The registered cover was addressed to Aug Dietz Esq, 900 West Clay Street, Station A, Richmond, Virginia, United States and had a magenta 8d ‘Lyre Bird’ New South Wales stamp canceled with a REGISTERED/ OC 7/96/ SYDNEY postmark as well as a large ‘R’ in an oval. The reverse was not seen, and unfortunately the sender could not be identified (Figure 1).
Dietz was born in Prussia on October 19, 1869, and he moved with his parents to Richmond, Virginia in 1871 and began collecting stamps as early as 1880. He became an engraver trained in lithography and typography so that he understood the printing processes necessary for the preparation of the various Confederate States of America postage stamps. With his in-depth knowledge and interest in Confederate postal history, it was confirmed that he obtained information directly from postmasters and printers that had firsthand knowledge of many of the philatelic items used during the Civil War.
By 1896, Dietz was editor of the Virginia Philatelist, a monthly stamp magazine printed in Richmond. In March 1901 he started his own company, the Dietz Printing Company, Virginia. A picture of ‘philatelic luminaries’ including August Dietz (the young man with large moustache fourth from left), pose in front of the office of the Virginia Philatelist in 1898. The building is the old heritage ‘Goddin Hall’ which housed the last post office of the Confederacy in Richmond and was the location of August Dietz’s first printery (Figure 2).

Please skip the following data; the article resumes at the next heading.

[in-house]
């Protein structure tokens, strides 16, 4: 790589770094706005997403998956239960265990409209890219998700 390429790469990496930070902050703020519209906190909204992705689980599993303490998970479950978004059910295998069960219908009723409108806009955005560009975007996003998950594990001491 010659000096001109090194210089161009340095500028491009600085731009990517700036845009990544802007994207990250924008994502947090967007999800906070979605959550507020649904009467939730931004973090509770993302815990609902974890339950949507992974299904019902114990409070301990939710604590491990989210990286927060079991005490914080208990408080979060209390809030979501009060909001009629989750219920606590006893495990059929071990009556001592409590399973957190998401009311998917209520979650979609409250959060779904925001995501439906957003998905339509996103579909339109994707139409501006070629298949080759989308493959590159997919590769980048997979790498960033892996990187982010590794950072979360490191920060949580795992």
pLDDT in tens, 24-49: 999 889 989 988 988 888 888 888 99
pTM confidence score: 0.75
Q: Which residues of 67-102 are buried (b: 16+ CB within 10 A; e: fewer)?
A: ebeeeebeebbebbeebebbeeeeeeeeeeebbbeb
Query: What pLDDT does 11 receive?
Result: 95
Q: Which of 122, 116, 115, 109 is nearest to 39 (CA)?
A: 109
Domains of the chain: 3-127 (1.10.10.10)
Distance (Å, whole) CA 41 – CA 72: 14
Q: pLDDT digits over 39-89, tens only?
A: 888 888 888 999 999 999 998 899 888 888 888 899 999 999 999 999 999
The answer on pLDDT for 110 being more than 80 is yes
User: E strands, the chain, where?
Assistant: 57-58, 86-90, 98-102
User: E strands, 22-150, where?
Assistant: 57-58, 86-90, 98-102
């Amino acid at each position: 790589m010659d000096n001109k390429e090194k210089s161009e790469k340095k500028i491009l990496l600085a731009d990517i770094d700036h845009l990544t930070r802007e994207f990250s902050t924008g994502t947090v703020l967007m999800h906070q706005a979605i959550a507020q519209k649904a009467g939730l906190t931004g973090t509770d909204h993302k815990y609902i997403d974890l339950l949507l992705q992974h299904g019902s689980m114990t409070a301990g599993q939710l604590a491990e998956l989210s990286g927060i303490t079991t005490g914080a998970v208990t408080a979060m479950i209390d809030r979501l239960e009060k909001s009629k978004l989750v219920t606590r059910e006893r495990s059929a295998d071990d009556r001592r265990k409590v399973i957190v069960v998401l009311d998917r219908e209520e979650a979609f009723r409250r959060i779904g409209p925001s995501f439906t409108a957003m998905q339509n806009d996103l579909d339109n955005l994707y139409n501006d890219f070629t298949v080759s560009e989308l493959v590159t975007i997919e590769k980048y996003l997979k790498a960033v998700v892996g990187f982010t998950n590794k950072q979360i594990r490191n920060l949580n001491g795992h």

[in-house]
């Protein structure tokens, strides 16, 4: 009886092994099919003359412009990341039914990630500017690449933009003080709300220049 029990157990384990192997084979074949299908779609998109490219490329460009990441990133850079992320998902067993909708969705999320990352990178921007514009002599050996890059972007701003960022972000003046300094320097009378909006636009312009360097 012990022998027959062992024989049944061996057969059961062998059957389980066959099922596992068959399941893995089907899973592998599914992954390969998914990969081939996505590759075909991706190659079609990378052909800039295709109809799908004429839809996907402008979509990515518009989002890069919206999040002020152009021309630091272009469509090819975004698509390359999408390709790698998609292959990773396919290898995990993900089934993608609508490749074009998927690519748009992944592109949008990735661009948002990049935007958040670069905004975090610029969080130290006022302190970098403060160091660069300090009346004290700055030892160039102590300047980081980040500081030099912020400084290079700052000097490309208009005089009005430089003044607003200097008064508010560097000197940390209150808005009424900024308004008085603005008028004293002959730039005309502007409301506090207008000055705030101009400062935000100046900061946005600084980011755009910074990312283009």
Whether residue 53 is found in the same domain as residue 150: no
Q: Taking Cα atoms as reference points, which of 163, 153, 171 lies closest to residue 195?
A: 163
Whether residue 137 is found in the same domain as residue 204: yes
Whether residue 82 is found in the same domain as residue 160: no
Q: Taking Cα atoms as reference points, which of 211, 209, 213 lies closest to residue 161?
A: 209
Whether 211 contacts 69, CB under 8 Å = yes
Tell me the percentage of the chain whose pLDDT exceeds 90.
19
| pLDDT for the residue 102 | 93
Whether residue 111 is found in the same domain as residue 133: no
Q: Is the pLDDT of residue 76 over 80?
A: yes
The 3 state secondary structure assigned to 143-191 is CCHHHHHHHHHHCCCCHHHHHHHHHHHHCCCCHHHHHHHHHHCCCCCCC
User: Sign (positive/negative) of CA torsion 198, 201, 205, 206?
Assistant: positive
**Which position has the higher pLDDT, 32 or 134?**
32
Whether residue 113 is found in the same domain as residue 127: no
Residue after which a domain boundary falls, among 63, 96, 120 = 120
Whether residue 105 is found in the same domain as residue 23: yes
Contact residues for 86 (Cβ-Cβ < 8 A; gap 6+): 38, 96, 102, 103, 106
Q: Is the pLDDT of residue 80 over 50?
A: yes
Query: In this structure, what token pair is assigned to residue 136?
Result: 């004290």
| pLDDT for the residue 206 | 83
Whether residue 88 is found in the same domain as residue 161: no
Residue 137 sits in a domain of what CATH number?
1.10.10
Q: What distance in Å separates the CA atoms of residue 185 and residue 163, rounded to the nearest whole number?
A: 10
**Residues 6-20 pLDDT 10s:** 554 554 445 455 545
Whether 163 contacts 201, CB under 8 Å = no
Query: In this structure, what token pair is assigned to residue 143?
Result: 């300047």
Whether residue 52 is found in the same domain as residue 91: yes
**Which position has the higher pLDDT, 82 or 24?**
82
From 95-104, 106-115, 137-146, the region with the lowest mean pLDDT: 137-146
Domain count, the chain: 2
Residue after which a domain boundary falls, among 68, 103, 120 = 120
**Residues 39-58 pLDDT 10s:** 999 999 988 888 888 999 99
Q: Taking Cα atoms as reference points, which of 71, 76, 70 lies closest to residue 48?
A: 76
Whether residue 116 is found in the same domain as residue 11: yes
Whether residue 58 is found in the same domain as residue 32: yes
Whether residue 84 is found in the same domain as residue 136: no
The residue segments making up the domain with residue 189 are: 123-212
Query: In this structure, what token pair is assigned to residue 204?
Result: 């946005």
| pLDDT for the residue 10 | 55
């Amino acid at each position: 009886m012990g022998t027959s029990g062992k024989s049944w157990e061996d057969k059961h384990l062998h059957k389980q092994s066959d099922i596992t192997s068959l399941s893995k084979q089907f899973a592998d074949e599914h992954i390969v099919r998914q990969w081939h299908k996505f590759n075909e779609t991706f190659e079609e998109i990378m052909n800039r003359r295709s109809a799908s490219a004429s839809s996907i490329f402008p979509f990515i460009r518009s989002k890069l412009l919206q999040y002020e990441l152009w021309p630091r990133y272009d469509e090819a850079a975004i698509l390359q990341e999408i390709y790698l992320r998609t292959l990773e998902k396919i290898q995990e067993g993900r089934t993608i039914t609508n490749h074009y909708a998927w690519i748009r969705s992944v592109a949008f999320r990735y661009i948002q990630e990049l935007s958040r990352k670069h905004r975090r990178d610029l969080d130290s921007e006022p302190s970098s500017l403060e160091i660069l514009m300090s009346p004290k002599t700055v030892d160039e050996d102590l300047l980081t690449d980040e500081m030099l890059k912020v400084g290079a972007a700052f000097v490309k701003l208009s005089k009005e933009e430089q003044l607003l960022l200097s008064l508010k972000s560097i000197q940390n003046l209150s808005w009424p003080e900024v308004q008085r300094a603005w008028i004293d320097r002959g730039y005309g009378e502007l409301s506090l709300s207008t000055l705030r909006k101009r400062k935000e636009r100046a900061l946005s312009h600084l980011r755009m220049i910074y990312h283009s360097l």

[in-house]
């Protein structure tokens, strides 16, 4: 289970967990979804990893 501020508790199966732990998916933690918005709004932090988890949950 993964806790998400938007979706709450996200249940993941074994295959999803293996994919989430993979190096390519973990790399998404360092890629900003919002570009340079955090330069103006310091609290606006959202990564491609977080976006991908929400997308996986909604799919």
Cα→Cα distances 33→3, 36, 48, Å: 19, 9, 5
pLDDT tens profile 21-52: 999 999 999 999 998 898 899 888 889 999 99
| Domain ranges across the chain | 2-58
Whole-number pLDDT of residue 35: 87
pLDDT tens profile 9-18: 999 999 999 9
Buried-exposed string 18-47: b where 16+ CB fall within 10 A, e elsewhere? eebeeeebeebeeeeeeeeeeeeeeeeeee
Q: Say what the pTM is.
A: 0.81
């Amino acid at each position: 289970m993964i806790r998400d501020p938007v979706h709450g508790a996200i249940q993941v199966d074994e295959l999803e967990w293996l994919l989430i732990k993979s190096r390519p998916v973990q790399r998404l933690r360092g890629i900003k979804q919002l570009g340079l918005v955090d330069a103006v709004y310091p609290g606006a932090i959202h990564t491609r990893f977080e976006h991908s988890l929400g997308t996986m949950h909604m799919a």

In 1924, as an avid researcher and collector, he began writing informative articles on the subject of Confederate postal history to aid the increasing number of Confederate collectors. In subsequent years he operated his printing firm with his son August Dietz Jr. as business manager and published The Southern Philatelist (1924-29), The New South Philatelist (1929-33), Stamp and Cover Collecting (1933-36), and Stamp and Cover Collecting Review (1937-39). His most famous publication was in 1929 which had 320 pages, The Postal Service of the Confederate States, with subsequent updated editions in 1932-37-45 & 59, whilst he was alive, plus a last edition in 1986. Today, August Dietz Sr. is regarded as the Father of Confederate Philately. In October 1948, The Confederate Stamp Alliance conferred on Dietz the honorary title of ‘General’. A short biography of Dietz was published in the September 1900 issue of The Virginia Philatelist.
The American Philatelic Society (A.P.S.) bestowed the Lindenberg Medal on Dietz in 1938, and he received the first Luff Award in 1940 for Exceptional Contributions to Philately, and the Lichtenstein Medal in 1955. On September 26, 1963 Dietz died in Richmond, Virginia and he was inducted into the A.P.S. Hall of Fame in 1964. A photograph of August Dietz Snr. is seen in Figure 3.